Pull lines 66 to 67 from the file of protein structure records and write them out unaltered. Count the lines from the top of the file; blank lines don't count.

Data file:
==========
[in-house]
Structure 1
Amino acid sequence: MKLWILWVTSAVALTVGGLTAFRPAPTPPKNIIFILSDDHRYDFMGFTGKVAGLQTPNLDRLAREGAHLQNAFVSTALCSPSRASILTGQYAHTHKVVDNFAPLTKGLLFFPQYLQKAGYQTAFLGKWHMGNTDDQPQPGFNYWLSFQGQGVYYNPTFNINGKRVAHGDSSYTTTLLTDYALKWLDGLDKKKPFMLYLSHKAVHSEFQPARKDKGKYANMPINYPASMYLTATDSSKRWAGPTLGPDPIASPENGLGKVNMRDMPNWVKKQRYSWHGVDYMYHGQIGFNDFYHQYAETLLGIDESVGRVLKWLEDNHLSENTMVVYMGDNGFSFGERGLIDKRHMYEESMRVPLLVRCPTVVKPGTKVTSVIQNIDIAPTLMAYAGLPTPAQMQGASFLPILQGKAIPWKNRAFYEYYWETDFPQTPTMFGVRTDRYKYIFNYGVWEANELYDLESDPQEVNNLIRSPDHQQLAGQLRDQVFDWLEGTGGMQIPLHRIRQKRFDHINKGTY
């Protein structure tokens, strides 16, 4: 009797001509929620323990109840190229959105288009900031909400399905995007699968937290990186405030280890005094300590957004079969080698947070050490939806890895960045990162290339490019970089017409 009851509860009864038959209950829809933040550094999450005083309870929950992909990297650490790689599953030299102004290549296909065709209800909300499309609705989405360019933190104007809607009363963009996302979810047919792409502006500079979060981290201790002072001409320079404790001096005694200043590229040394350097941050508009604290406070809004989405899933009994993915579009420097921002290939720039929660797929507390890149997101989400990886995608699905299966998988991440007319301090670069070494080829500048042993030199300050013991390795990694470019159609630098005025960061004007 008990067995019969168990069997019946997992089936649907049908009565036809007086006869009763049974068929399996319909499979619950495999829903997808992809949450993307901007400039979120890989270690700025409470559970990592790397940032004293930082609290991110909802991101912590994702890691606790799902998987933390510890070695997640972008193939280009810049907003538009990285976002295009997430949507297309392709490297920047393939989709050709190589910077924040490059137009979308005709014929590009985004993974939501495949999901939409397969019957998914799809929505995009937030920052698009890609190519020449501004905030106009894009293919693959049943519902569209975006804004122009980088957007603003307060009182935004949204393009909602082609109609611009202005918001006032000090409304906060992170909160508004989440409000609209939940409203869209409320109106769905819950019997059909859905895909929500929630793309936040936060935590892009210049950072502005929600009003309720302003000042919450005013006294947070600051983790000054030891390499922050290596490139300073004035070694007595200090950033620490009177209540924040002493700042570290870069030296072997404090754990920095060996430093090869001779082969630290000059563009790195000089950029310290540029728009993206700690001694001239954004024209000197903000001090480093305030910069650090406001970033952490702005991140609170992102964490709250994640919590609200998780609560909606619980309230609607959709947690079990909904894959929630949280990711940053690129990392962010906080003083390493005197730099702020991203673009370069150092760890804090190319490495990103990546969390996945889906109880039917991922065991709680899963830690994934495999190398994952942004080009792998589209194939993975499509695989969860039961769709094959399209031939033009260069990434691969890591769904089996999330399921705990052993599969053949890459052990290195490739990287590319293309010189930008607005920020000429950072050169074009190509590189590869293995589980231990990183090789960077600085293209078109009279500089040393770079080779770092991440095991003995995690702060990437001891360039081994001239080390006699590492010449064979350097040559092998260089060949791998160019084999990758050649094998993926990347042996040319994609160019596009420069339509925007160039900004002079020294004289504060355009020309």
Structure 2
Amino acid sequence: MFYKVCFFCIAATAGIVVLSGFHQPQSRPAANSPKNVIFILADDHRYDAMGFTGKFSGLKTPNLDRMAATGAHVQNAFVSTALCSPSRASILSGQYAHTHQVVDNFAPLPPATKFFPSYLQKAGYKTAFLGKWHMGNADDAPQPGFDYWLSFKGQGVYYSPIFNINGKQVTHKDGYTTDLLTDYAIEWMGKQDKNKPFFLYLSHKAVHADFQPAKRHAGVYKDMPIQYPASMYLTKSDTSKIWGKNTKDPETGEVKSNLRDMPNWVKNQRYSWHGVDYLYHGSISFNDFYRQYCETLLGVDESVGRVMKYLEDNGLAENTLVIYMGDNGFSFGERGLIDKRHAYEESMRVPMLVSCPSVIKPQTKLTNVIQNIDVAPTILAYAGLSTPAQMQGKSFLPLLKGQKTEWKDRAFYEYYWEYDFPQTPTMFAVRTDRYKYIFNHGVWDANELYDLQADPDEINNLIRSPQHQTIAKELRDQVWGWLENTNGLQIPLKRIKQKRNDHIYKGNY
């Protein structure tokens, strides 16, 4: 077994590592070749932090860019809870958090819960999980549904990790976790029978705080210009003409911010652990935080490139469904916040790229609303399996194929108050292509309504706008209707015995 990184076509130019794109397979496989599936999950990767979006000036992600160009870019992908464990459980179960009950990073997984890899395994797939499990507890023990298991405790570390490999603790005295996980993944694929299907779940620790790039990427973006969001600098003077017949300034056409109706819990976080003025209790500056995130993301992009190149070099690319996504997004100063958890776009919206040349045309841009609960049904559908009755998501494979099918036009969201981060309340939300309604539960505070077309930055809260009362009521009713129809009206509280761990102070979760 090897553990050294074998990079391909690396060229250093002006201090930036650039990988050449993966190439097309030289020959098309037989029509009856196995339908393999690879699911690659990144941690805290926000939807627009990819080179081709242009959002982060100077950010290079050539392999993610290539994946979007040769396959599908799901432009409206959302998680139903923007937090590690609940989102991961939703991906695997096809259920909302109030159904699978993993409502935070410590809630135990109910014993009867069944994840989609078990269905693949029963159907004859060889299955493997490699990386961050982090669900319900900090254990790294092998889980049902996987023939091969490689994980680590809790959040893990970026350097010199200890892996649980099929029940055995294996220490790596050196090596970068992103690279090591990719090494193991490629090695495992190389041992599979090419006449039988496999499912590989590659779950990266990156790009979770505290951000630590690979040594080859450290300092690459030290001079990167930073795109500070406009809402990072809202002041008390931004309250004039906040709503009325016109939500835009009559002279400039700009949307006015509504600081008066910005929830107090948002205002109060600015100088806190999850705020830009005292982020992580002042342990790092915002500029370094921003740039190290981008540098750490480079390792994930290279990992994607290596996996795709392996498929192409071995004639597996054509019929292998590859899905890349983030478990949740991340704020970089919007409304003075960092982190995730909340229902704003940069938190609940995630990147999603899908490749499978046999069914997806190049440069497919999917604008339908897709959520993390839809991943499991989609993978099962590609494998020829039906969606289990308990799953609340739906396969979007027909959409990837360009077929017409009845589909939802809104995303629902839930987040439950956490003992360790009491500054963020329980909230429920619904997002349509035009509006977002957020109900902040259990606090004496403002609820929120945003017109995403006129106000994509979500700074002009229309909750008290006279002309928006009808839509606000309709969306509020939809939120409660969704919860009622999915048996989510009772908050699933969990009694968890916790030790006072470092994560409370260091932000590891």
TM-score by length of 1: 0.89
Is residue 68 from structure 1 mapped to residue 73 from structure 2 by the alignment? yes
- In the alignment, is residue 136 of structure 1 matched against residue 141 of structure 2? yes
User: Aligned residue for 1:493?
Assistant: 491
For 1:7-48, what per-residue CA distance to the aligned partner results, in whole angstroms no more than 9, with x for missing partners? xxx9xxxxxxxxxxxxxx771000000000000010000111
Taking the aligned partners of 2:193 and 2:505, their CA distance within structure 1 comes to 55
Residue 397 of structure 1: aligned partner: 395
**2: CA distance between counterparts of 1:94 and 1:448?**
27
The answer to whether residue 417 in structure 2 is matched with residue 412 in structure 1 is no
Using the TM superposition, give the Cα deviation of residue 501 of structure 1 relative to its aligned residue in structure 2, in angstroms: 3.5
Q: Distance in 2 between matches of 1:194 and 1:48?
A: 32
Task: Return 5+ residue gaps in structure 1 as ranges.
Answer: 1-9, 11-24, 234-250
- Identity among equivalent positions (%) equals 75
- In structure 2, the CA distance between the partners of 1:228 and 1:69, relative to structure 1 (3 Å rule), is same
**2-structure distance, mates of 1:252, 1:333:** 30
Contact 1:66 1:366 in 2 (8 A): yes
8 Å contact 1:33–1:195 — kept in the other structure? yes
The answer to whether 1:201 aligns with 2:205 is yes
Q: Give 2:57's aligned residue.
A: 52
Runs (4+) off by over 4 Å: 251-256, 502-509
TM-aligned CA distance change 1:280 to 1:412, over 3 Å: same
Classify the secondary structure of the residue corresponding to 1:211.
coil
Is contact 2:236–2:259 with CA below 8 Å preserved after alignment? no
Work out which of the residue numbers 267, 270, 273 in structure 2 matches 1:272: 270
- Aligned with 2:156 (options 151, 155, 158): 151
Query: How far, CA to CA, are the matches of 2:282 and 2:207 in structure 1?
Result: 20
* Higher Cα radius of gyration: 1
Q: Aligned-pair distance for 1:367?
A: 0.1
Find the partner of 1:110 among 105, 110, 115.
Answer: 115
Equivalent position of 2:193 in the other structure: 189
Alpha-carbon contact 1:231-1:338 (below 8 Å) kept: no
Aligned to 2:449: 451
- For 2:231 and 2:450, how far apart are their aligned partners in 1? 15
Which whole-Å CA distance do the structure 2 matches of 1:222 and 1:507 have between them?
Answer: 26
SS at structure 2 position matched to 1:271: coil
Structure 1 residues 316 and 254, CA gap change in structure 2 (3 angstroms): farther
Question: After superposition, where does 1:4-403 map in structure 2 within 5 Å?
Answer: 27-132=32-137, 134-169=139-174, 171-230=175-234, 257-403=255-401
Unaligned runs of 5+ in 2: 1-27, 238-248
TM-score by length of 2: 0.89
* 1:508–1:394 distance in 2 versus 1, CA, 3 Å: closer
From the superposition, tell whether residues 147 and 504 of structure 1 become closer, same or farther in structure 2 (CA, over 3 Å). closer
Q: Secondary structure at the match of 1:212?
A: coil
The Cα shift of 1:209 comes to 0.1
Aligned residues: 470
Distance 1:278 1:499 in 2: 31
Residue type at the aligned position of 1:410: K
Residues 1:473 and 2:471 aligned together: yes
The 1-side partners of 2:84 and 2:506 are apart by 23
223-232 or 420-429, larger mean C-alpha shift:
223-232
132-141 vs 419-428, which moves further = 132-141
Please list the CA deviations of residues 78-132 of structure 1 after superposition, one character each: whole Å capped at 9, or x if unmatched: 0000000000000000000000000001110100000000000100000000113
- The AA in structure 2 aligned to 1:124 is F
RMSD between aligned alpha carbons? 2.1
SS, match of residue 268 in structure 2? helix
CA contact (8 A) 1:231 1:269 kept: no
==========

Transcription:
Residues 1:473 and 2:471 aligned together: yes
The 1-side partners of 2:84 and 2:506 are apart by 23